that is, the limit of the joint entropy per symbol. For stationary sources, these two expressions give the same result.^{ [11] }

It is common in information theory to speak of the "rate" or "entropy" of a language. This is appropriate, for example, when the source of information is English prose. The rate of a source of information is related to its redundancy and how well it can be compressed, the subject of *source coding*.

Communications over a channel—such as an ethernet cable—is the primary motivation of information theory. As anyone who's ever used a telephone (mobile or landline) knows, however, such channels often fail to produce exact reconstruction of a signal; noise, periods of silence, and other forms of signal corruption often degrade quality.

Consider the communications process over a discrete channel. A simple model of the process is shown below:

Here *X* represents the space of messages transmitted, and *Y* the space of messages received during a unit time over our channel. Let *p*(*y*|*x*) be the conditional probability distribution function of *Y* given *X*. We will consider *p*(*y*|*x*) to be an inherent fixed property of our communications channel (representing the nature of the * noise * of our channel). Then the joint distribution of *X* and *Y* is completely determined by our channel and by our choice of *f*(*x*), the marginal distribution of messages we choose to send over the channel. Under these constraints, we would like to maximize the rate of information, or the * signal *, we can communicate over the channel. The appropriate measure for this is the mutual information, and this maximum mutual information is called the * channel capacity * and is given by:

This capacity has the following property related to communicating at information rate *R* (where *R* is usually bits per symbol). For any information rate *R < C* and coding error ε > 0, for large enough *N*, there exists a code of length *N* and rate ≥ R and a decoding algorithm, such that the maximal probability of block error is ≤ ε; that is, it is always possible to transmit with arbitrarily small block error. In addition, for any rate *R > C*, it is impossible to transmit with arbitrarily small block error.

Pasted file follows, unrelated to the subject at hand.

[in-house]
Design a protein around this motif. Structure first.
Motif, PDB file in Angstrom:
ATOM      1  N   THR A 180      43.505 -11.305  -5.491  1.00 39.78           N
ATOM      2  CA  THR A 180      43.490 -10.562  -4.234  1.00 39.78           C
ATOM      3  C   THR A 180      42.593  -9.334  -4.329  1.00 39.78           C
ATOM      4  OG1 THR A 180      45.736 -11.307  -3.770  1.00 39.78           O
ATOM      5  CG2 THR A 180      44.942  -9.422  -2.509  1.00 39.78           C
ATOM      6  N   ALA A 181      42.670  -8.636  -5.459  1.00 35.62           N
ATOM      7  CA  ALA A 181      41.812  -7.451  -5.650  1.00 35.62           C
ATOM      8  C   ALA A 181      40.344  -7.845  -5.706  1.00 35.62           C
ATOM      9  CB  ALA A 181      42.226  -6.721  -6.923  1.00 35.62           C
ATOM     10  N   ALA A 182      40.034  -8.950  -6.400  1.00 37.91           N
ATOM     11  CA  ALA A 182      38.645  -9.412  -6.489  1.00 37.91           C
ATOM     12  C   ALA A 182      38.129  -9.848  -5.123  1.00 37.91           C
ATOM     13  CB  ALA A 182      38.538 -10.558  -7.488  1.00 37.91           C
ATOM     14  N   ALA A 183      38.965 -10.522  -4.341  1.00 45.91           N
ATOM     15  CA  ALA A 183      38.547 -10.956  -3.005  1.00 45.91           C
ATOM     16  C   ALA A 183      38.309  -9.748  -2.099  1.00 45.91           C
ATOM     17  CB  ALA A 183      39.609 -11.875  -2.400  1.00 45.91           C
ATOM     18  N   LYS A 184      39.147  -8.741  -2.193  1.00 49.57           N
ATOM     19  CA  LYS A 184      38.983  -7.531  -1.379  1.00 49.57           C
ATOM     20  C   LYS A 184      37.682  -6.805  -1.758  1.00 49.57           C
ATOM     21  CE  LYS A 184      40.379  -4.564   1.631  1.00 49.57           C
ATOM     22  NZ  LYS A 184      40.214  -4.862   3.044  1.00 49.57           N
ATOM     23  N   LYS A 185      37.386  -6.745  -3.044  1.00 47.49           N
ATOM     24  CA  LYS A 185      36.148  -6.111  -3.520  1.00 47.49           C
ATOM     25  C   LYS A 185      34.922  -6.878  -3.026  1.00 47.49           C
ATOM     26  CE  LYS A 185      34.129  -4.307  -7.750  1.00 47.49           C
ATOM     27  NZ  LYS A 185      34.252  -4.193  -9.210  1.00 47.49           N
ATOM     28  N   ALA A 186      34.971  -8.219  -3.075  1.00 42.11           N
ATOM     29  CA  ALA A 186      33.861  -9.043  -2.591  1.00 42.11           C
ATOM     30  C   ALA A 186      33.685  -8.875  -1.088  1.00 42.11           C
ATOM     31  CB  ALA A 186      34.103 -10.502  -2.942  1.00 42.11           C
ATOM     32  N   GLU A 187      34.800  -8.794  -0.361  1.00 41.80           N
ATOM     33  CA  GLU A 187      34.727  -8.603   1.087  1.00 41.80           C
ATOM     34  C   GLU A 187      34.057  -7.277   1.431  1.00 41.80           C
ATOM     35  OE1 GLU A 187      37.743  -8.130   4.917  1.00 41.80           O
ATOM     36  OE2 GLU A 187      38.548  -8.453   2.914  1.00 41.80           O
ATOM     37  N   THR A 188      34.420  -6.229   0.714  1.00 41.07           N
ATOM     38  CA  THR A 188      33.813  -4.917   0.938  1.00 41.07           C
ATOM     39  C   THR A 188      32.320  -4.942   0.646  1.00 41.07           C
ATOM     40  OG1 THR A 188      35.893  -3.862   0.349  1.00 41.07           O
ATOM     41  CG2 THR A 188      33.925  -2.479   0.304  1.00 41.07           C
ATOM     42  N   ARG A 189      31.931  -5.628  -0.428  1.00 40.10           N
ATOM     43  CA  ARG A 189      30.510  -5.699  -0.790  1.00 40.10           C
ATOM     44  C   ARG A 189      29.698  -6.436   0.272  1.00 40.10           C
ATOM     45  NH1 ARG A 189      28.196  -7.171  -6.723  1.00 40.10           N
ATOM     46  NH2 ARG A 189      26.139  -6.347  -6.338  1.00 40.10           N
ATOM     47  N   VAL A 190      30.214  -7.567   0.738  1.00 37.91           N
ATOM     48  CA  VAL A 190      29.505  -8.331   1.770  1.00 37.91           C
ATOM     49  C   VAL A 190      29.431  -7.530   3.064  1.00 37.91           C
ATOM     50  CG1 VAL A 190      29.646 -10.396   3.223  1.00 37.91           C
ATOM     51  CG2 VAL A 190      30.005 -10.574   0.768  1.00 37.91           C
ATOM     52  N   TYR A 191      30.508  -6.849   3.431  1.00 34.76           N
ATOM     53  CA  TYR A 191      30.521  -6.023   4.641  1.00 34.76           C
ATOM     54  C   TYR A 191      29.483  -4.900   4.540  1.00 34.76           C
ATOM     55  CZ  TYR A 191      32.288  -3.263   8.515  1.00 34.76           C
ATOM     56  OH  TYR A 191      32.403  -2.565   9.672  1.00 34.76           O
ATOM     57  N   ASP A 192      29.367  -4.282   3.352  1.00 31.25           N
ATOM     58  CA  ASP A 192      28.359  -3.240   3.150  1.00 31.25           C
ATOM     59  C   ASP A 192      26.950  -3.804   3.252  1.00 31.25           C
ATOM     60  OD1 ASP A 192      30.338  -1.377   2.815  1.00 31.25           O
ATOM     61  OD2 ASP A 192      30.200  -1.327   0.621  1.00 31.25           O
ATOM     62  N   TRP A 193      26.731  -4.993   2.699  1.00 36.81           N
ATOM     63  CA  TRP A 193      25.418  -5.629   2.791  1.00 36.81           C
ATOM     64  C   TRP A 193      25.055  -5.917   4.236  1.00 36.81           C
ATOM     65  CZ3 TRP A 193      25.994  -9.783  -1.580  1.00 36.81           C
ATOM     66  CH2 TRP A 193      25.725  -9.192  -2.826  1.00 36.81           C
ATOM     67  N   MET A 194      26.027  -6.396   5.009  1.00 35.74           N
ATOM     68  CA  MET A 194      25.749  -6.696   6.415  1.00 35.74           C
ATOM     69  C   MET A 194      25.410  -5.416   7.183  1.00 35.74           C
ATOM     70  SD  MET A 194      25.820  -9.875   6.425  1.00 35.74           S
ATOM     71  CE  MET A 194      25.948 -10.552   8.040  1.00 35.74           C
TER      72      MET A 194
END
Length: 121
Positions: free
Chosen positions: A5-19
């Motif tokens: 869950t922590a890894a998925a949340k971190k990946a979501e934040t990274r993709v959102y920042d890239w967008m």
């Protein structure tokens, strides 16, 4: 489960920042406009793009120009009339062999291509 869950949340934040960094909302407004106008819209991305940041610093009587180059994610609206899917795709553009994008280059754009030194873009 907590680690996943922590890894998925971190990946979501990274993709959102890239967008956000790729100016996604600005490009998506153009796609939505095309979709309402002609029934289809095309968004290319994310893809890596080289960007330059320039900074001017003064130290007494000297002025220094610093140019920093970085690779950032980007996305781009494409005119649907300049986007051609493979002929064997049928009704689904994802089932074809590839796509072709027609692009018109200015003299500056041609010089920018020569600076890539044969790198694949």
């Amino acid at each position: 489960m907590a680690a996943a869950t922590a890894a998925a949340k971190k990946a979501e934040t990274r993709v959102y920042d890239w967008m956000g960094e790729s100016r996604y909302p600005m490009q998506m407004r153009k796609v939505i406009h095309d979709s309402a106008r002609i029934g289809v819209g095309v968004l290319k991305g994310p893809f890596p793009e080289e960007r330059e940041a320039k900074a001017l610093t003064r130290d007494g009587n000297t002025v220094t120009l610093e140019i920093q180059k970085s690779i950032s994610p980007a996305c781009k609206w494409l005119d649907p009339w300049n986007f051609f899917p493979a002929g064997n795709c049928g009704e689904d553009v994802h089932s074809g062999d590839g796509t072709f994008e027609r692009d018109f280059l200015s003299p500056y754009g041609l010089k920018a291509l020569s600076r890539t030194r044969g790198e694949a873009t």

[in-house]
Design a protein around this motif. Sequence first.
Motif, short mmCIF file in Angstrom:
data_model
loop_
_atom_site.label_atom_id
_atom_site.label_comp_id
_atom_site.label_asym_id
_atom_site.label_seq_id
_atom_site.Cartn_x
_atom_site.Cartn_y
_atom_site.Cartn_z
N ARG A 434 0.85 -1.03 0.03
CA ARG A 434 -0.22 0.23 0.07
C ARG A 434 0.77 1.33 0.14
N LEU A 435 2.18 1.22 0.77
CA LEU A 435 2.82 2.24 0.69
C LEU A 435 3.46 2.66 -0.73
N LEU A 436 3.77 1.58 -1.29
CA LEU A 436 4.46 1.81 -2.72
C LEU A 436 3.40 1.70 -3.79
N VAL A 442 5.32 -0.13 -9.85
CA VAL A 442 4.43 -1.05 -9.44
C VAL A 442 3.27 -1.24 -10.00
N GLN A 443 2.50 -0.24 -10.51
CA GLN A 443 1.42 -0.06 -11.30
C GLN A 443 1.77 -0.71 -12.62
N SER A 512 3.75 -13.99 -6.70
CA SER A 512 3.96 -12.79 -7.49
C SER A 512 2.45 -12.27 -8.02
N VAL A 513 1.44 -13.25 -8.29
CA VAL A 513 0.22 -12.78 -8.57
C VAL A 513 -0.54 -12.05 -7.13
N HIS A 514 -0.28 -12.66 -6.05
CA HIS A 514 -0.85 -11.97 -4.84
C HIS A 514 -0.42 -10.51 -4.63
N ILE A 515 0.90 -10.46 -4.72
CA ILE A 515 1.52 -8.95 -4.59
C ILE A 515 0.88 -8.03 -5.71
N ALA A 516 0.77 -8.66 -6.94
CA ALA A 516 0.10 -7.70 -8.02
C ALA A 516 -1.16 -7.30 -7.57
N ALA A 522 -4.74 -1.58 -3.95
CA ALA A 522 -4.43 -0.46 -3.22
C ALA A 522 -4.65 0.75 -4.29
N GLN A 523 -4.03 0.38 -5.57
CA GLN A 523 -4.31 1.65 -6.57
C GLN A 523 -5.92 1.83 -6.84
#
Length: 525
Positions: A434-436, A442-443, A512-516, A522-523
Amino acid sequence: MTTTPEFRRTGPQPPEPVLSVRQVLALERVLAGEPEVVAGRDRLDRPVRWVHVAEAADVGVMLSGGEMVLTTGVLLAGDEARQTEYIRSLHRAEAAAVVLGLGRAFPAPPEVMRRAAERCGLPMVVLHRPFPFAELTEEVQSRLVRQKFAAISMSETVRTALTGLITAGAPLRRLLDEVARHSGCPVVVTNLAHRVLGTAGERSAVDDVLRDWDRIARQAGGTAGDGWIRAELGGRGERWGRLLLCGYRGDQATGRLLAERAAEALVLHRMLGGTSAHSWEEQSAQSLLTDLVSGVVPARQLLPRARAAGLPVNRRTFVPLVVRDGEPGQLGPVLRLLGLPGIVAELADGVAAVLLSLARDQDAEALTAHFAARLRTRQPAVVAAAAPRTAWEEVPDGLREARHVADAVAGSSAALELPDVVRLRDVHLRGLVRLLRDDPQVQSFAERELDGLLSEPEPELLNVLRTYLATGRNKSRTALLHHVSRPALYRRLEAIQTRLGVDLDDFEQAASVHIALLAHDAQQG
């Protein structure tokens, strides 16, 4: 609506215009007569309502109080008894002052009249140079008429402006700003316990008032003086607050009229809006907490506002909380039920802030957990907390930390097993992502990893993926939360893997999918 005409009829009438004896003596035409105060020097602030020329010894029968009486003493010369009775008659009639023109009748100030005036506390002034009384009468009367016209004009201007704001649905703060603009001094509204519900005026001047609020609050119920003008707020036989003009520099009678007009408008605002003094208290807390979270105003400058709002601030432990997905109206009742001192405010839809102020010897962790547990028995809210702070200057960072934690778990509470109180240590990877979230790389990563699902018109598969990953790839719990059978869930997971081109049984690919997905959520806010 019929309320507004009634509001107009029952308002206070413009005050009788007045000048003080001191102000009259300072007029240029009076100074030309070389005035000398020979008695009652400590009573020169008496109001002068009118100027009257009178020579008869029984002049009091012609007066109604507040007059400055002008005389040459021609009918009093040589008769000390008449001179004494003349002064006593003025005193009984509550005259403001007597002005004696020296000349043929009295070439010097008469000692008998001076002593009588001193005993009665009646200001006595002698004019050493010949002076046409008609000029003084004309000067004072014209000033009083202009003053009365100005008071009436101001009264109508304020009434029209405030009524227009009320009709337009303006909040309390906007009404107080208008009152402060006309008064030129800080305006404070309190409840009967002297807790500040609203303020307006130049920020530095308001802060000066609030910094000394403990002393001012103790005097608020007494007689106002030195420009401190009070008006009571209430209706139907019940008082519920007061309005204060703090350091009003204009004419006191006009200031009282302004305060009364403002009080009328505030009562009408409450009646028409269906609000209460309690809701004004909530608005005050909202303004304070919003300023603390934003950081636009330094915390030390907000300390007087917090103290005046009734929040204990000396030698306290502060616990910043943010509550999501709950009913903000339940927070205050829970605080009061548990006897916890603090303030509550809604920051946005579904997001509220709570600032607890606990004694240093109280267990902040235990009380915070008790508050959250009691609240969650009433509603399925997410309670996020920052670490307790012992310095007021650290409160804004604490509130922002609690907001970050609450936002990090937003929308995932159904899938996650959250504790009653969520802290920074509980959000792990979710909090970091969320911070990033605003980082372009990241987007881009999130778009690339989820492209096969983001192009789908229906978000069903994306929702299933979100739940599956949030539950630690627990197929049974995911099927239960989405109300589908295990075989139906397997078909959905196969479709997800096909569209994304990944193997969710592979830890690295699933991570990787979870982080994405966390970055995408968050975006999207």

* Channel coding * is concerned with finding such nearly optimal codes that can be used to transmit data over a noisy channel with a small coding error at a rate near the channel capacity.

- A continuous-time analog communications channel subject to Gaussian noise — see Shannon–Hartley theorem.
- A binary symmetric channel (BSC) with crossover probability
*p*is a binary input, binary output channel that flips the input bit with probability*p*. The BSC has a capacity of 1 −*H*_{b}(*p*) bits per channel use, where*H*_{b}is the binary entropy function to the base-2 logarithm:

- A binary erasure channel (BEC) with erasure probability
*p*is a binary input, ternary output channel. The possible channel outputs are 0, 1, and a third symbol 'e' called an erasure. The erasure represents complete loss of information about an input bit. The capacity of the BEC is 1 −*p*bits per channel use.

Information theoretic concepts apply to cryptography and cryptanalysis. Turing's information unit, the ban, was used in the Ultra project, breaking the German Enigma machine code and hastening the end of World War II in Europe. Shannon himself defined an important concept now called the unicity distance. Based on the redundancy of the plaintext, it attempts to give a minimum amount of ciphertext necessary to ensure unique decipherability.

Information theory leads us to believe it is much more difficult to keep secrets than it might first appear. A brute force attack can break systems based on asymmetric key algorithms or on most commonly used methods of symmetric key algorithms (sometimes called secret key algorithms), such as block ciphers. The security of all such methods currently comes from the assumption that no known attack can break them in a practical amount of time.